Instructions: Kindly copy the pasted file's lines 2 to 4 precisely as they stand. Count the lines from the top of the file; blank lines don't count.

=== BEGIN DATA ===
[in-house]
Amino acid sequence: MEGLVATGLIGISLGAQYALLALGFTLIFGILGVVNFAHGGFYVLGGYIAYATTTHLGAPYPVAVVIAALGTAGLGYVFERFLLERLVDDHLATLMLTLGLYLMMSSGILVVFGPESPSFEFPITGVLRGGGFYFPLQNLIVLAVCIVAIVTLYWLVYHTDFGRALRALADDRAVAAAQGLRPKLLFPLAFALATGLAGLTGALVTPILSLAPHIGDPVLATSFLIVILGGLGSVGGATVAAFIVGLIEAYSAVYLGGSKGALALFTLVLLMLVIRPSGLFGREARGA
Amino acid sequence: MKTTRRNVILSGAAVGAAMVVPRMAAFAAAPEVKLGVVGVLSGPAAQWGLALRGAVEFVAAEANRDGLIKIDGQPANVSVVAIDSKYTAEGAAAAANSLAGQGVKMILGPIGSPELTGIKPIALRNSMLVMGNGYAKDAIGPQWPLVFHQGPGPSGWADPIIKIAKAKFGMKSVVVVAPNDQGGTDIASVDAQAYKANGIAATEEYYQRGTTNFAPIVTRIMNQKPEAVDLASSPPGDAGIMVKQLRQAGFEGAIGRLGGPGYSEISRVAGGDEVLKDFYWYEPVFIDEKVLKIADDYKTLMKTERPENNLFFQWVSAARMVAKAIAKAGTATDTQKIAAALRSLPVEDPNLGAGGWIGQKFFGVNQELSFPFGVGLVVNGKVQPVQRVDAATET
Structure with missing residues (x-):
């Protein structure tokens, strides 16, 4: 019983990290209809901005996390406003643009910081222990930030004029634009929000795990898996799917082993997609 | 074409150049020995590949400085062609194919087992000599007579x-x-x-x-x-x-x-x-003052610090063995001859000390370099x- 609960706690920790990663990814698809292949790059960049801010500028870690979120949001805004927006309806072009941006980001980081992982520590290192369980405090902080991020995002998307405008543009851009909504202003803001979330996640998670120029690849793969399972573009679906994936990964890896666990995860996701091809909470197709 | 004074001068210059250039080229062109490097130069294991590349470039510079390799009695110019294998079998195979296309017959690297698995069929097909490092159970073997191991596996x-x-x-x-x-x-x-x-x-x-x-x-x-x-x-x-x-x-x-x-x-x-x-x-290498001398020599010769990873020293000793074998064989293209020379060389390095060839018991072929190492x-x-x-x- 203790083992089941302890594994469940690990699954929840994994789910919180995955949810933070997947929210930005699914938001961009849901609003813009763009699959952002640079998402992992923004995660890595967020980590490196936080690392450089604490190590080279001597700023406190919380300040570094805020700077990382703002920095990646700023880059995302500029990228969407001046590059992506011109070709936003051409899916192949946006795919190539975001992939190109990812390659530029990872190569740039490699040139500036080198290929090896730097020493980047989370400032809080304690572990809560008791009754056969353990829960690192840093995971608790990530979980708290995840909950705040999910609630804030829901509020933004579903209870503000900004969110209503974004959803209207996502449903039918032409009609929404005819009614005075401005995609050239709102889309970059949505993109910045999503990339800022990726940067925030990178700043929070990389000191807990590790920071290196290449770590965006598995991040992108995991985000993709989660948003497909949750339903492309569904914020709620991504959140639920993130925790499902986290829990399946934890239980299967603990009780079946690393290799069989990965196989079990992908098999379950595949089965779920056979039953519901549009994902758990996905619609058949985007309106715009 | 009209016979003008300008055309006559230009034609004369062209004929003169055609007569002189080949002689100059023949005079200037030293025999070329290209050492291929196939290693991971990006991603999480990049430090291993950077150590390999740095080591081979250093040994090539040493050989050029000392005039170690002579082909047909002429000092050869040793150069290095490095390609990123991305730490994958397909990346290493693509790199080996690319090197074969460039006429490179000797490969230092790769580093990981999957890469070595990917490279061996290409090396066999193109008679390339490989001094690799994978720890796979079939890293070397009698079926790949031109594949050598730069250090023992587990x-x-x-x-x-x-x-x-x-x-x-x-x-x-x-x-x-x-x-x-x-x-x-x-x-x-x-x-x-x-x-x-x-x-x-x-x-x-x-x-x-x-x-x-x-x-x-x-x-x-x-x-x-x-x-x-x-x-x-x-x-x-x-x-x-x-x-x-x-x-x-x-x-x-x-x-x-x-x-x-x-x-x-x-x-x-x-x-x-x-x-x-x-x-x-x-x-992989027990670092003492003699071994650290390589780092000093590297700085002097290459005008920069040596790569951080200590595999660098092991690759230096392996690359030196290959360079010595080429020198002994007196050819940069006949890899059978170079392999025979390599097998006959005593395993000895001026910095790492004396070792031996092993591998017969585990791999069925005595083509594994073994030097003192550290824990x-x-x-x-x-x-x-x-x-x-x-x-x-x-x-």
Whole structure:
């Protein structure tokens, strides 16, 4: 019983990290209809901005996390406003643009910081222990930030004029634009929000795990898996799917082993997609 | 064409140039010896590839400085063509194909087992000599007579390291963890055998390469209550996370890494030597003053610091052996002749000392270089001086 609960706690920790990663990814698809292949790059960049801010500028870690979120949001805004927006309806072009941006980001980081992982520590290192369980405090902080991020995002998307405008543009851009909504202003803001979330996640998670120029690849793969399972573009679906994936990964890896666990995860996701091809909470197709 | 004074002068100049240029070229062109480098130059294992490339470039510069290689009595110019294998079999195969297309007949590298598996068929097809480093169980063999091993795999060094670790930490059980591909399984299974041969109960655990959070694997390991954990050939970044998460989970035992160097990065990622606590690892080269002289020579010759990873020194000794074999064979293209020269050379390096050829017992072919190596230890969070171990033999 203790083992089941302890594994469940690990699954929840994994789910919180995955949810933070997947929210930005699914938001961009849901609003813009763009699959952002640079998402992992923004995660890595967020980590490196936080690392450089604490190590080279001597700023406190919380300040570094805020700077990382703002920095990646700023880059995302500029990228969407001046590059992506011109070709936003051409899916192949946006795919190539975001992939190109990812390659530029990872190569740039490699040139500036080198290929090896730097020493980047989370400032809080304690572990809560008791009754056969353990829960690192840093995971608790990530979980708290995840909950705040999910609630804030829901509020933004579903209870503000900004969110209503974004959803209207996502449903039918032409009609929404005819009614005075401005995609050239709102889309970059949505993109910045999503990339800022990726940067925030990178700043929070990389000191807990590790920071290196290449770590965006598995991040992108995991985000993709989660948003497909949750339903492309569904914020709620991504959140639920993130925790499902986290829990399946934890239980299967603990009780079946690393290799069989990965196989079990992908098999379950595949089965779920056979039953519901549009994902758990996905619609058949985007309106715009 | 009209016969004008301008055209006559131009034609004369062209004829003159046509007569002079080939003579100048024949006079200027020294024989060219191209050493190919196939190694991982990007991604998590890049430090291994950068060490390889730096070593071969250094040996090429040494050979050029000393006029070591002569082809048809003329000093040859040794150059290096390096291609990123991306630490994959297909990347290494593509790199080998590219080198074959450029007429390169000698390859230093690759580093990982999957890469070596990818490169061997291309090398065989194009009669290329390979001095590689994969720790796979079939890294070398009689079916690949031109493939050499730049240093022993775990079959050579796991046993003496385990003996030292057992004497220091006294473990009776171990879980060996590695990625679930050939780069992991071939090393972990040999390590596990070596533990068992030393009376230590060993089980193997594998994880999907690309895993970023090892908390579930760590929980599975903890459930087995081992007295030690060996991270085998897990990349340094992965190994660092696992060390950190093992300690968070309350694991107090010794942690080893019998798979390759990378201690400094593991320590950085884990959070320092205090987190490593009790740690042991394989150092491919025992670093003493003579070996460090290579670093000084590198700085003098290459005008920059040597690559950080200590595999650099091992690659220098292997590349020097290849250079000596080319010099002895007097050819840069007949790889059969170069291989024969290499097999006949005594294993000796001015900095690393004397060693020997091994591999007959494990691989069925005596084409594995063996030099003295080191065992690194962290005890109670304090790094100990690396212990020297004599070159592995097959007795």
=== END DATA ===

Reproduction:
Amino acid sequence: MEGLVATGLIGISLGAQYALLALGFTLIFGILGVVNFAHGGFYVLGGYIAYATTTHLGAPYPVAVVIAALGTAGLGYVFERFLLERLVDDHLATLMLTLGLYLMMSSGILVVFGPESPSFEFPITGVLRGGGFYFPLQNLIVLAVCIVAIVTLYWLVYHTDFGRALRALADDRAVAAAQGLRPKLLFPLAFALATGLAGLTGALVTPILSLAPHIGDPVLATSFLIVILGGLGSVGGATVAAFIVGLIEAYSAVYLGGSKGALALFTLVLLMLVIRPSGLFGREARGA
Amino acid sequence: MKTTRRNVILSGAAVGAAMVVPRMAAFAAAPEVKLGVVGVLSGPAAQWGLALRGAVEFVAAEANRDGLIKIDGQPANVSVVAIDSKYTAEGAAAAANSLAGQGVKMILGPIGSPELTGIKPIALRNSMLVMGNGYAKDAIGPQWPLVFHQGPGPSGWADPIIKIAKAKFGMKSVVVVAPNDQGGTDIASVDAQAYKANGIAATEEYYQRGTTNFAPIVTRIMNQKPEAVDLASSPPGDAGIMVKQLRQAGFEGAIGRLGGPGYSEISRVAGGDEVLKDFYWYEPVFIDEKVLKIADDYKTLMKTERPENNLFFQWVSAARMVAKAIAKAGTATDTQKIAAALRSLPVEDPNLGAGGWIGQKFFGVNQELSFPFGVGLVVNGKVQPVQRVDAATET
Structure with missing residues (x-):